College Credit Through CLEP Exams

Homeschooled kids often get a head start by earning college credits while still in high school. Since my oldest is 14 and very advanced in math I've spent several months researching this topic. Today many options are available for earning college credit thereby greatly reducing the cost of a college degree.

Here are three main ways to earn credit.

AP, CLEP and DSST are three different types of tests which can be taken and are accepted by universities. AP, or advanced placement exams are commonly offered by high schools which teach advanced classes such as calculus, English and history. CLEP exams cover many subjects typically taught during the first year of college such as American Literature, Foreign Language, Economics, Chemistry, Humanities, and Calculus. DSST exams tend to cover topics more typically gained through on the job experience such as business and computing.

Most undergraduate programs accept around one years worth of credits, or 32 credits total. They pick and choose which credits from exams they will accept. Sometimes they change their policies, and not all universities accept the same exams. That being said, passing a foreign language exam can earn potential undergraduates a whopping 12 credits. Passing most other exams result in 3 to 6 credits depending on the exam and score. Many universities like to limit the amount of credits accepted by testing to ensure students are capable of learning through more traditional classroom methods. So the bottom line is, testing can be an efficient way to skip ahead, but if the end university is known, it's best to double check with them in advance to see what credits they will accept.

2. Community College
Many undergraduate university programs will accept up to 64 transfer credits, or credits earned at another accredited institution. That means students could either take two years worth of classes at a community college, or one year of classes combined with 32 testing credits to begin an undergraduate program as a junior. Since community colleges tend to be cheaper than universities and testing cheaper than community college, this combination is an excellent way to save money on education.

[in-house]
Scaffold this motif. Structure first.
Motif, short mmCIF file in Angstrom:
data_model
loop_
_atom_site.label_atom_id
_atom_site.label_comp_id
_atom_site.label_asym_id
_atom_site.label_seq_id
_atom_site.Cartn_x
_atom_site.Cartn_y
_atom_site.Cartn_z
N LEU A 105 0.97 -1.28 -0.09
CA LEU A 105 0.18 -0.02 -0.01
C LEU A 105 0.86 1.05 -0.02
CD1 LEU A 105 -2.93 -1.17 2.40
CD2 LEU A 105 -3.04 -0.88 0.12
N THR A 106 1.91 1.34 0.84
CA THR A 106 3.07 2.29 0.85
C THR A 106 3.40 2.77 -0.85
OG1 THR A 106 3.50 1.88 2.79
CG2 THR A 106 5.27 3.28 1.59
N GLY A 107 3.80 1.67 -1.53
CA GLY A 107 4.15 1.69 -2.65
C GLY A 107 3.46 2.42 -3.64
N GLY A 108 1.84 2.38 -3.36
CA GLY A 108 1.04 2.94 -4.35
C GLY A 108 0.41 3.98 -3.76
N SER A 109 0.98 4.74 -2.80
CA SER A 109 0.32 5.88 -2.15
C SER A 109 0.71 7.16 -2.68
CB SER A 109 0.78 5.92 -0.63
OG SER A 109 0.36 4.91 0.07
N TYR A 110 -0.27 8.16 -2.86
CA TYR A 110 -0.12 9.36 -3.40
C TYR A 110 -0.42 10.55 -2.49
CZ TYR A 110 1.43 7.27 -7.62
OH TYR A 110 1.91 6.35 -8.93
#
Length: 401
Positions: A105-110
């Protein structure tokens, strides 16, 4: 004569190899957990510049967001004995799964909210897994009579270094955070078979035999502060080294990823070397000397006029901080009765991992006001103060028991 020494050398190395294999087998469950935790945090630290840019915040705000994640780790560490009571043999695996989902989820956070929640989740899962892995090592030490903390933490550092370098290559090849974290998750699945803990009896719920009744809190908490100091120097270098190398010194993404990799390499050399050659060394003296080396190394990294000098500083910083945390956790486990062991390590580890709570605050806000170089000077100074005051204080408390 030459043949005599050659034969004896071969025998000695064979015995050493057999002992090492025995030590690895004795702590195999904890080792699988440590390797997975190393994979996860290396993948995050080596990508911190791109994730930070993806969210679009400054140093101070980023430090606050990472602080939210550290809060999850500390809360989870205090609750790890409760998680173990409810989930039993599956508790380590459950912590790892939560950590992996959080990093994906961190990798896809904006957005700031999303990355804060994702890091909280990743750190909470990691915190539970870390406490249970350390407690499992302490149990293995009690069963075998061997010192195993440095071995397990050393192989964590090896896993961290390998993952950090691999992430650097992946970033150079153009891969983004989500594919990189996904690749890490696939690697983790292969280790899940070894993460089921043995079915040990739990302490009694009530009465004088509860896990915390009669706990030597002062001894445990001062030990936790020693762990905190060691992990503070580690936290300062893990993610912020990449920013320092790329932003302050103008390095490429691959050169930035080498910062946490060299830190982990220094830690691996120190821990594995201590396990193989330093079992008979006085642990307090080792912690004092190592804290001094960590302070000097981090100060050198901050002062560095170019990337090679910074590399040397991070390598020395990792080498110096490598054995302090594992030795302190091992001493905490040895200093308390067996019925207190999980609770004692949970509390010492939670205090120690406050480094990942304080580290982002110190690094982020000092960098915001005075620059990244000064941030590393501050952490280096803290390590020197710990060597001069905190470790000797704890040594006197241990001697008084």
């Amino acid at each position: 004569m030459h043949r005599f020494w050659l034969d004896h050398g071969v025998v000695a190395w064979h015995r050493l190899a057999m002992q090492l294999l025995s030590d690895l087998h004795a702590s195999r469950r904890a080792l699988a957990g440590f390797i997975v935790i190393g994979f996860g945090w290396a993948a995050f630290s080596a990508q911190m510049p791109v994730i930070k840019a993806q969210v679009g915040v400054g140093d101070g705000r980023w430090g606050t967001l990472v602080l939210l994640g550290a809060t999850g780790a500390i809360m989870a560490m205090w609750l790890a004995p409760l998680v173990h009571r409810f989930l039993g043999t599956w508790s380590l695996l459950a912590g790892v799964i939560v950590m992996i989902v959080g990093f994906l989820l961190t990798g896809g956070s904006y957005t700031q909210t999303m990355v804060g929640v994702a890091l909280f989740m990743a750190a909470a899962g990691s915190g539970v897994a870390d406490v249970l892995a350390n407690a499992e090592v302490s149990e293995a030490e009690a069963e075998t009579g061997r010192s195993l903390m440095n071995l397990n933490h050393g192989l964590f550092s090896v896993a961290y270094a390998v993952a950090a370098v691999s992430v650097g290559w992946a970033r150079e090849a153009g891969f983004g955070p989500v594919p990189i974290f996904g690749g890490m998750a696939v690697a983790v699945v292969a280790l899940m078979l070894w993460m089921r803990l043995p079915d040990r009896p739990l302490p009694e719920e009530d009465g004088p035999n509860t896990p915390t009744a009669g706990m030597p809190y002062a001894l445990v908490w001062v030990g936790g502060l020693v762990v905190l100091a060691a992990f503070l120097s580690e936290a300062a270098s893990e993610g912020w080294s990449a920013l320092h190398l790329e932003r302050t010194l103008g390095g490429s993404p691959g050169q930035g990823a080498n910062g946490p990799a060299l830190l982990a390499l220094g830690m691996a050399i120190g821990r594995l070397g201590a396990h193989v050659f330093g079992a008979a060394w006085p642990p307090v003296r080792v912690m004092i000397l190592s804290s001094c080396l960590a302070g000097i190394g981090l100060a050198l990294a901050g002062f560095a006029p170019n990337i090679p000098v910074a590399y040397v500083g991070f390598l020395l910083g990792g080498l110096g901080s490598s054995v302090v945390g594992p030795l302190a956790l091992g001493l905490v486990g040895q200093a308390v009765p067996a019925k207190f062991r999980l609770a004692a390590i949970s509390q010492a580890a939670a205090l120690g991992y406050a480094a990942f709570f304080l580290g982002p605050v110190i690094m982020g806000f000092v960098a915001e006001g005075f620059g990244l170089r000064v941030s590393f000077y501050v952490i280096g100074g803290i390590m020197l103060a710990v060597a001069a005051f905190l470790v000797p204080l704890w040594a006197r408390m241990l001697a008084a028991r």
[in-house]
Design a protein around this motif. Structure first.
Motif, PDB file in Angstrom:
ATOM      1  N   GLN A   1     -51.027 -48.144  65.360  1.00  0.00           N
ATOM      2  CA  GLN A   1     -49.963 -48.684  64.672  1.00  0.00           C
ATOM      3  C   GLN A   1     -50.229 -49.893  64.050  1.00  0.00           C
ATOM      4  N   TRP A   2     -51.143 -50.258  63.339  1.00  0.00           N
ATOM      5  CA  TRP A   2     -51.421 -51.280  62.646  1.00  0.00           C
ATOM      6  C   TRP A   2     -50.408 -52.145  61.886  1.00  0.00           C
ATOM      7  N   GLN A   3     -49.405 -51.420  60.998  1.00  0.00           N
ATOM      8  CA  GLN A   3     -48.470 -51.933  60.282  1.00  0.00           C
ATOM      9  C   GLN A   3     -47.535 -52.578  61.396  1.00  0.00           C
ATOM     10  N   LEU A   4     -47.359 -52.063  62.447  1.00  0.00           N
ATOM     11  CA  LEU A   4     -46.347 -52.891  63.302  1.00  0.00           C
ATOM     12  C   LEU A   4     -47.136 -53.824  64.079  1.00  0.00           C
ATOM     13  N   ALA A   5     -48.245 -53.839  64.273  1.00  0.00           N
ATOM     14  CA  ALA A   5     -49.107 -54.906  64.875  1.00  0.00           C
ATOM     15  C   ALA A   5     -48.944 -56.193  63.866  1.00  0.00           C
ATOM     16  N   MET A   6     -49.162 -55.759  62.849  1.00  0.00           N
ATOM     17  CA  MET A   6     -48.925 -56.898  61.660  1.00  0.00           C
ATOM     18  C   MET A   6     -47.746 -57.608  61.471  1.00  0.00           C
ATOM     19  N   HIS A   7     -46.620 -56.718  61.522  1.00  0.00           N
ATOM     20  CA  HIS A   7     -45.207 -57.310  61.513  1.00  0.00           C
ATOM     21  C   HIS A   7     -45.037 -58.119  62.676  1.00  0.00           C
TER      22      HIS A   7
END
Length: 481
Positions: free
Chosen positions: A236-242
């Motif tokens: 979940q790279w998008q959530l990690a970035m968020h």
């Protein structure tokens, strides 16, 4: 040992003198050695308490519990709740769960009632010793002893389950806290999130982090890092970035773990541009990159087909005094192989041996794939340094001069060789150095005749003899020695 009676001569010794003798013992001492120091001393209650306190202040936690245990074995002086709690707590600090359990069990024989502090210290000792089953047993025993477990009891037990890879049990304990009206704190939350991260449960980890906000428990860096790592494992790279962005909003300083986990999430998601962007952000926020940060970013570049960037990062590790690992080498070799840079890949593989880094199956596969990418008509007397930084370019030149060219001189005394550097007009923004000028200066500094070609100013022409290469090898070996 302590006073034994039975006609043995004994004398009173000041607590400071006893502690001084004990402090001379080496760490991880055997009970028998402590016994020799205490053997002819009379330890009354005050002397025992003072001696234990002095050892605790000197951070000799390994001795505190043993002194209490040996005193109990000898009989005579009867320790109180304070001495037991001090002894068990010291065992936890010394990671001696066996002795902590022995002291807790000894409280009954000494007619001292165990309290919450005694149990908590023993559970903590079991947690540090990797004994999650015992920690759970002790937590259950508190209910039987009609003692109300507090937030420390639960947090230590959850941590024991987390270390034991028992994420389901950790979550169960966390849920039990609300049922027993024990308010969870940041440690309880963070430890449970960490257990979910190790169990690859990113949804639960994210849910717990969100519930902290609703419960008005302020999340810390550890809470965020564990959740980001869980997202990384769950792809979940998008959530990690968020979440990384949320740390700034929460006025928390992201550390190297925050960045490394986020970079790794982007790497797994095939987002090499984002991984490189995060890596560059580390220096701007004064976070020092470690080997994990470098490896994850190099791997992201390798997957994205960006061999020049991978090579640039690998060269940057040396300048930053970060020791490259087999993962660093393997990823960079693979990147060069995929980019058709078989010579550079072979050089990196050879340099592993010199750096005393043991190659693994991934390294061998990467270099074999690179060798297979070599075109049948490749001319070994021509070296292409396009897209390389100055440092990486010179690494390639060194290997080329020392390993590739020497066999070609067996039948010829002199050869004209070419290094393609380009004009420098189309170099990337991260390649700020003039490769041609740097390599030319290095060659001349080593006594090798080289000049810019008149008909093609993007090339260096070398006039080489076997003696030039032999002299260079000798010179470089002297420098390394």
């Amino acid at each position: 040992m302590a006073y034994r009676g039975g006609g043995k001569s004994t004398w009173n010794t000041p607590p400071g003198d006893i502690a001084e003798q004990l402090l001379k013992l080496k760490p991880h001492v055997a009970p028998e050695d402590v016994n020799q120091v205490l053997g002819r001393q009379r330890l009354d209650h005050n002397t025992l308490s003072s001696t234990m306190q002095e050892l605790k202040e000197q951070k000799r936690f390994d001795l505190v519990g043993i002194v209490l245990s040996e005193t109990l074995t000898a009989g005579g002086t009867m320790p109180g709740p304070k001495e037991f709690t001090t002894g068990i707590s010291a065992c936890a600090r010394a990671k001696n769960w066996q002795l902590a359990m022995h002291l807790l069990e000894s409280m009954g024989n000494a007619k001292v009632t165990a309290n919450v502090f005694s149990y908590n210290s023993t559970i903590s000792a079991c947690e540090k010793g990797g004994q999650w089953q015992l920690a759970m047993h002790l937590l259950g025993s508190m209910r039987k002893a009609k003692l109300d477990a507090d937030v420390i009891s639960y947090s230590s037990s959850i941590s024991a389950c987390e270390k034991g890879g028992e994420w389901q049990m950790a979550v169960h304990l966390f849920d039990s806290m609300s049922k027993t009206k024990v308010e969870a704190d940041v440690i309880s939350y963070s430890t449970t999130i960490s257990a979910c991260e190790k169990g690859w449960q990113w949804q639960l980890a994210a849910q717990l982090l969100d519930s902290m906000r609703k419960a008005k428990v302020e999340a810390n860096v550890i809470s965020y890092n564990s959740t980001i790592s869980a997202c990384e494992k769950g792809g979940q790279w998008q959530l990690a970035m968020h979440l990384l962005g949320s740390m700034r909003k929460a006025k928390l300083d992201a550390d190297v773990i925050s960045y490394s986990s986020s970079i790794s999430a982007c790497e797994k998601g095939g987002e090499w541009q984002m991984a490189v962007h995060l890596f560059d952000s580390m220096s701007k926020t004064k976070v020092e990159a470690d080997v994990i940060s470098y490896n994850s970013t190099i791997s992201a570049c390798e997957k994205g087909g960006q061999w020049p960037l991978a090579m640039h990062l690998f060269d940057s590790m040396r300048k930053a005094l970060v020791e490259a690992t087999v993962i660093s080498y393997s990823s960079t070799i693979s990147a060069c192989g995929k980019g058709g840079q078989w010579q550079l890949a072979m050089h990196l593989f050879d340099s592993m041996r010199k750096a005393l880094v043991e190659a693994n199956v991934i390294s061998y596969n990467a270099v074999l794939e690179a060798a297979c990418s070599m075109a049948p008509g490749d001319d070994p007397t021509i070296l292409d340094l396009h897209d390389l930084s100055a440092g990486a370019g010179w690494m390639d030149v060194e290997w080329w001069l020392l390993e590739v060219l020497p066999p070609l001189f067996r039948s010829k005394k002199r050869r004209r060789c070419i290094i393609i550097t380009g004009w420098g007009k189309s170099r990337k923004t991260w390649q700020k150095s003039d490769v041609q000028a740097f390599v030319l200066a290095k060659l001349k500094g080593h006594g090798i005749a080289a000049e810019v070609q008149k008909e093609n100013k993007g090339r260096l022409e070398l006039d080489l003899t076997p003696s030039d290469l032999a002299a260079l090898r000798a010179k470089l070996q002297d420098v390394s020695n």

Accreditation is key. There are many colleges offering classes, but not all are accredited. Again, if the university or final degree program is known, then it's best to check with that institution as to whether or not the credits earned at the community college will be accepted. If the final degree program is still being decided, checking the regional accreditation is a good idea. Here's a web link to help verify accreditation.

3. On-line College
Now that the internet has grown by leaps and bounds, many students are obtaining on-line degrees. Thomas Edison State College, Excelsior College and Charter Oaks State College are three big on-line degree institutions. What's really neat about several of the on-line programs is that students can earn a degree almost entirely through testing. They tend to accept most testing credits and even offer tests similar to course final exams which if passed, are another route for earning credit.

Students can learn at home, take AP, CLEP and DSST exams, then select an on-line school and degree program. From there, the students can study the material required by the degree program, enroll, take several tests  and wind up with a degree, or enroll and take the courses on-line to complete the program.

Accredited degrees are normally accepted by universities. Therefore, if the student were to earn an on-line degree and then begin a second degree at a university, depending on the similarity of the degrees, as much as three years worth of classes could be eliminated.

Just like the numerous options for educating elementary, junior high and high school level children there are many options for college level as well. The ideal scenario would be to know the final destination university and degree program and then select a testing/community college/on-line option to feed into it. Without knowing the final goal, much progress can still be made. Just remember, each university sets its own rules. The important thing is to look for accreditation.

Check out these blog hops for more educational activity ideas.

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